Thursday I was in the office. I didn’t have any in-person meetings, but have started the process of using the office more, in the main for a change of scenery, meeting people and generally changing my routine. With the school holidays imminent I will probably be spending more time in the office. I have also planned my first trip to the London office for an in-person meeting.

Friday I was working from home, another session for Leeds and some discussion on strategy and targets in the afternoon.

My top tweet this week was this one.

No, no, no, yes, no, maybe

Earlier this week the BBC reported how the University of Manchester remote learning plan was being criticised by students.

A university’s plans to continue online lectures with no reduction in tuition fees has been criticised by students. The University of Manchester said remote learning, which it has used during the Covid-19 pandemic, would become permanent as part of a “blended learning” approach.

What is interesting is that most (if not all) universities are going down a similar road.

Today there was an update, the University of Manchester remote learning plan ‘was a misunderstanding’

UoM vice-president April McMahon said the use of the term “blended learning” had caused the confusion. She said most teaching would return to normal once restrictions were eased. Ms McMahon, UoM’s vice president of teaching, learning and students, said it had “never been our intention” to keep teaching online and any such suggestion was “categorically untrue”.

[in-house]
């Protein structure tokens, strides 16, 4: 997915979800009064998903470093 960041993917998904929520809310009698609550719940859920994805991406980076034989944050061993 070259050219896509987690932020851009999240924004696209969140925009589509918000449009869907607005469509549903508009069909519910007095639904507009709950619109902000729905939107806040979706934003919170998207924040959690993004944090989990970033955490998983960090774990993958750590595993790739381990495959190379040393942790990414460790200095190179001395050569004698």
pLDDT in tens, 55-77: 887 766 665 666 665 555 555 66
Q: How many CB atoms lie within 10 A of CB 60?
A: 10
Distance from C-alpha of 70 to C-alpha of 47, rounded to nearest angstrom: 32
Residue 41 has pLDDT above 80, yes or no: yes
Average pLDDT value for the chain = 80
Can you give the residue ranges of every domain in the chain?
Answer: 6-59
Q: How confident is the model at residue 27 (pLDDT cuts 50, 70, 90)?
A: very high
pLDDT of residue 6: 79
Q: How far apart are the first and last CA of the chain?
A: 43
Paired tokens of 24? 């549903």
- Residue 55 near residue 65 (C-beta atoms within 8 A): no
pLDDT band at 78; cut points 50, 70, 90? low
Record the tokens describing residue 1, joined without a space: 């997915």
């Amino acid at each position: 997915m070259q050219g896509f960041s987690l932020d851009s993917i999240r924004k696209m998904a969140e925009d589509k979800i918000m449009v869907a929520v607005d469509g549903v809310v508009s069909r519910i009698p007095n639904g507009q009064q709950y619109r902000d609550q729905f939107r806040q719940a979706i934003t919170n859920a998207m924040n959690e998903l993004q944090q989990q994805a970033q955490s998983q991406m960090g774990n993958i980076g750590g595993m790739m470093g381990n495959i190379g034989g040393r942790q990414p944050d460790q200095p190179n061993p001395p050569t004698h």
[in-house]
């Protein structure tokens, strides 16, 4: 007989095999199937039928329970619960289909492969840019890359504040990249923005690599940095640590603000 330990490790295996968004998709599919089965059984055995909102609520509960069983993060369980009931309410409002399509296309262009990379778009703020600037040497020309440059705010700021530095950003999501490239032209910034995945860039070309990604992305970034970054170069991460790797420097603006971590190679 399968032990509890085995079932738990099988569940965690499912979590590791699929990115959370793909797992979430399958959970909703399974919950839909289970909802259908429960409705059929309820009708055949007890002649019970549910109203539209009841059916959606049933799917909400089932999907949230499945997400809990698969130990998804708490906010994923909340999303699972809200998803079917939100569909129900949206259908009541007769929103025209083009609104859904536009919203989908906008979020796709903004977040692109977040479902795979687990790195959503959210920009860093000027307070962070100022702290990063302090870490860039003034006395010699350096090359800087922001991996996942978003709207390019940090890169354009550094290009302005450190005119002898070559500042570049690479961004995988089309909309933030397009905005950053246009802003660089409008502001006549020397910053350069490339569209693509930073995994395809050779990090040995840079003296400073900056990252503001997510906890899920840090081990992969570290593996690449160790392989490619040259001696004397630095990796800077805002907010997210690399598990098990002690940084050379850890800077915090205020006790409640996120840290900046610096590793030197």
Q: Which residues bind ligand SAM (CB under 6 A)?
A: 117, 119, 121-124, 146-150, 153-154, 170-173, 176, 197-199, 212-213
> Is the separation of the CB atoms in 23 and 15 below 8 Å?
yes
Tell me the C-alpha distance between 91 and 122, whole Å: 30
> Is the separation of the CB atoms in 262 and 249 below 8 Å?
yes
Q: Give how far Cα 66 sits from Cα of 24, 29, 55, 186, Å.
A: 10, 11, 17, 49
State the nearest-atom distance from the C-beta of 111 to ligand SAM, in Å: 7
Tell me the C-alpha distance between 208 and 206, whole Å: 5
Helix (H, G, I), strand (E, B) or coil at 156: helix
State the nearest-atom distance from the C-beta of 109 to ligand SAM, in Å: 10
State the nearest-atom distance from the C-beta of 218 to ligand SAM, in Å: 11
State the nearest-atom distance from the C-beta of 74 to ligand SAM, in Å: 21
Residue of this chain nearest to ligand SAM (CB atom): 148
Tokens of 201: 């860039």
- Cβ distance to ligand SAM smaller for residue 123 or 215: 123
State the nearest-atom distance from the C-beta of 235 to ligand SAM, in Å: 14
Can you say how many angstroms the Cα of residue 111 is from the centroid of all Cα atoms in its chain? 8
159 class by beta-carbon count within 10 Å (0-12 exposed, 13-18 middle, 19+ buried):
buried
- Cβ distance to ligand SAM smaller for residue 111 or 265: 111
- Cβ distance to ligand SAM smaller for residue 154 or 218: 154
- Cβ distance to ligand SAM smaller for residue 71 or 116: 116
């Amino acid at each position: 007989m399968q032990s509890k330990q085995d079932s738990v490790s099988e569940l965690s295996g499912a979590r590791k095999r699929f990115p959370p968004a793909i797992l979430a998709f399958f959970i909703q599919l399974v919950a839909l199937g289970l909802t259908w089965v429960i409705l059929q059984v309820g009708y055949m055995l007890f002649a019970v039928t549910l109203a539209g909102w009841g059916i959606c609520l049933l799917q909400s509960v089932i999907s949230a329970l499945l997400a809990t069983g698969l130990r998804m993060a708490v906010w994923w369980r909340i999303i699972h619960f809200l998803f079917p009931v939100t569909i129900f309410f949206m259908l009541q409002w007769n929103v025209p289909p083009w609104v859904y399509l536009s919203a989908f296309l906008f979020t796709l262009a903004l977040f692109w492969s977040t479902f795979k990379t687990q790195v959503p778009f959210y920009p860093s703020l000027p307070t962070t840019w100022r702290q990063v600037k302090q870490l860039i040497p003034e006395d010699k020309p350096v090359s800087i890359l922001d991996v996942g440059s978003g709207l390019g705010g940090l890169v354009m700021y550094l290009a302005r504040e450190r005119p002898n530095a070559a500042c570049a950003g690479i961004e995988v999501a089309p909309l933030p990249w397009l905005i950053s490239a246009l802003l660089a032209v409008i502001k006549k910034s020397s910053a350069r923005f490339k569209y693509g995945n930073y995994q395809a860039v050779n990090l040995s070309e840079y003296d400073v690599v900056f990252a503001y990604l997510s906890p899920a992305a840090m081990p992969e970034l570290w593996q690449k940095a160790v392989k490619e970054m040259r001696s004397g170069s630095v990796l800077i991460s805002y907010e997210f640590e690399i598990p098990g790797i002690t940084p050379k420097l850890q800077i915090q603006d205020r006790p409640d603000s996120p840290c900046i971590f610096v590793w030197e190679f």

Once more shows the importance of a shared understanding  of key terms such as blended learning. Many now think of the emergency response and shift to remote delivery was blended learning, or even online learning. The reality was that this was remote delivery. Blended learning is something different, as is (good) online learning.

What, no slides? – Weeknote #122 – 2nd July 2021

raining
Image by Roman Grac from Pixabay

Monday I was planning to head into the office, but with the rain coming down and a risk of thunderstorms, I decided to work from home. I do like going into the office, but without the discipline of formal in-person meetings, the incentive isn’t really there. I am trying to go in about twice a week, but at least one. I do like the change in routine and scenery and that I think is what is important.